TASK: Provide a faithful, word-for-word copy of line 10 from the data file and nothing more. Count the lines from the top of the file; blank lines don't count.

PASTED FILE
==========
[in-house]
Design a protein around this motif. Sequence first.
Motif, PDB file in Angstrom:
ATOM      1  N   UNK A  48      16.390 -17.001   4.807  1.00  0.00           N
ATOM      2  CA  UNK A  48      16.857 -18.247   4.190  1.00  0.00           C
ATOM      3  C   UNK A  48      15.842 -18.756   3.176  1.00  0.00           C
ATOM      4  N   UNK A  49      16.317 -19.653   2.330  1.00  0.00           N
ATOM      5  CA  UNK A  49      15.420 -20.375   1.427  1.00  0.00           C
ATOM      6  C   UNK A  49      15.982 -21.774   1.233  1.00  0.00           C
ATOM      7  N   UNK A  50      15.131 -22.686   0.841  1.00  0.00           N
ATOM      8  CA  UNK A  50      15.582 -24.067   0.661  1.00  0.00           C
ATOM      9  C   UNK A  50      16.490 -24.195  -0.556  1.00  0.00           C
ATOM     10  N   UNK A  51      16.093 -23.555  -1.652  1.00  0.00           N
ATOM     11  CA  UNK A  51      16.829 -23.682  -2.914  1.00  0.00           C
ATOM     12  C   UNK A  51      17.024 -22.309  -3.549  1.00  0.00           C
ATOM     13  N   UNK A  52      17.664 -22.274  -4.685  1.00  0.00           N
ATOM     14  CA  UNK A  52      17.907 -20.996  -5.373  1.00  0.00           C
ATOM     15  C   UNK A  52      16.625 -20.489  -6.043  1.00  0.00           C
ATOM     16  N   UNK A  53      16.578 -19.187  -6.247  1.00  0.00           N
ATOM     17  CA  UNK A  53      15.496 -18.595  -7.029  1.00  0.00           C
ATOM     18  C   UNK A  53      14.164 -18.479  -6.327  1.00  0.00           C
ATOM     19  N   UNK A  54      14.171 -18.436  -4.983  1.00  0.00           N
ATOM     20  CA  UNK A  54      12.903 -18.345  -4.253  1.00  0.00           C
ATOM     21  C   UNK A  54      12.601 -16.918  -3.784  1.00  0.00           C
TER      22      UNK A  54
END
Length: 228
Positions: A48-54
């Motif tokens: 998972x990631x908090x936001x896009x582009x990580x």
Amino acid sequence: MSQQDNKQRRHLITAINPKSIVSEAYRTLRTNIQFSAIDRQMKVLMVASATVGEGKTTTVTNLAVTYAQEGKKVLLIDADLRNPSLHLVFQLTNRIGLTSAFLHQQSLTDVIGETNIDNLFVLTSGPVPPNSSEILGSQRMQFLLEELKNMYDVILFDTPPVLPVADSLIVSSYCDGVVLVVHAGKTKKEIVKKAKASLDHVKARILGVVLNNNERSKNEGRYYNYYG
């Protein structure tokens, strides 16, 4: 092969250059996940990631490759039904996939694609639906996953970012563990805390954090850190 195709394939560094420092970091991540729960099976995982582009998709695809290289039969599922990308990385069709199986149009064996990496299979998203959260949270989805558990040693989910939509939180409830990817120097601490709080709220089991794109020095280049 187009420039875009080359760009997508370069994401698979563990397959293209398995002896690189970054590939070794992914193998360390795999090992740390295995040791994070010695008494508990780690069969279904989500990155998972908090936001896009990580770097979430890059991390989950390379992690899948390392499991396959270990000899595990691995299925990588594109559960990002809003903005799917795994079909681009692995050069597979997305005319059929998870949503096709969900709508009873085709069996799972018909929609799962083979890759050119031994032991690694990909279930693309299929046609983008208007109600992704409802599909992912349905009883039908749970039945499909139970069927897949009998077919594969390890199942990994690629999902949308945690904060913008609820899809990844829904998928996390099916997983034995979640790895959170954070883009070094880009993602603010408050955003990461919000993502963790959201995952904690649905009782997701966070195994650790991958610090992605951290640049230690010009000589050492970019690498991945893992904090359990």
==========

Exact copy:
ATOM      7  N   UNK A  50      15.131 -22.686   0.841  1.00  0.00           N